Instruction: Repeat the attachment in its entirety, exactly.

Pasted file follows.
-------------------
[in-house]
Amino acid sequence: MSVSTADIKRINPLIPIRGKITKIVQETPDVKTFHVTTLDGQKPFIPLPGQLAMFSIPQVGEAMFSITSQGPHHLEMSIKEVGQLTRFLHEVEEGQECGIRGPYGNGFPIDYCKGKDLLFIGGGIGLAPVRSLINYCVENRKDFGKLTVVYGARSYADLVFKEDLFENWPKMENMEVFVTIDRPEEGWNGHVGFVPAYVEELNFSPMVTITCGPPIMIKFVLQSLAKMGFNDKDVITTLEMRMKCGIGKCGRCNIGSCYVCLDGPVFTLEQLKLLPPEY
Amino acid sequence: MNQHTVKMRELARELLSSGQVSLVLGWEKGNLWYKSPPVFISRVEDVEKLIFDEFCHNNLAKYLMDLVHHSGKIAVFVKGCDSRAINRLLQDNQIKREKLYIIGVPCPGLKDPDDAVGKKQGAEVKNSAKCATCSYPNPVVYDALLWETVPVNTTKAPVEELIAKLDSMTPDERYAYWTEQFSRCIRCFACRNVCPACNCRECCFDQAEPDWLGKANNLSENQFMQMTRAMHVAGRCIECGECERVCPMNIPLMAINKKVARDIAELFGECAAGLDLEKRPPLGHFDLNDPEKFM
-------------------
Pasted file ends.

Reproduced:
[in-house]
Amino acid sequence: MSVSTADIKRINPLIPIRGKITKIVQETPDVKTFHVTTLDGQKPFIPLPGQLAMFSIPQVGEAMFSITSQGPHHLEMSIKEVGQLTRFLHEVEEGQECGIRGPYGNGFPIDYCKGKDLLFIGGGIGLAPVRSLINYCVENRKDFGKLTVVYGARSYADLVFKEDLFENWPKMENMEVFVTIDRPEEGWNGHVGFVPAYVEELNFSPMVTITCGPPIMIKFVLQSLAKMGFNDKDVITTLEMRMKCGIGKCGRCNIGSCYVCLDGPVFTLEQLKLLPPEY
Amino acid sequence: MNQHTVKMRELARELLSSGQVSLVLGWEKGNLWYKSPPVFISRVEDVEKLIFDEFCHNNLAKYLMDLVHHSGKIAVFVKGCDSRAINRLLQDNQIKREKLYIIGVPCPGLKDPDDAVGKKQGAEVKNSAKCATCSYPNPVVYDALLWETVPVNTTKAPVEELIAKLDSMTPDERYAYWTEQFSRCIRCFACRNVCPACNCRECCFDQAEPDWLGKANNLSENQFMQMTRAMHVAGRCIECGECERVCPMNIPLMAINKKVARDIAELFGECAAGLDLEKRPPLGHFDLNDPEKFM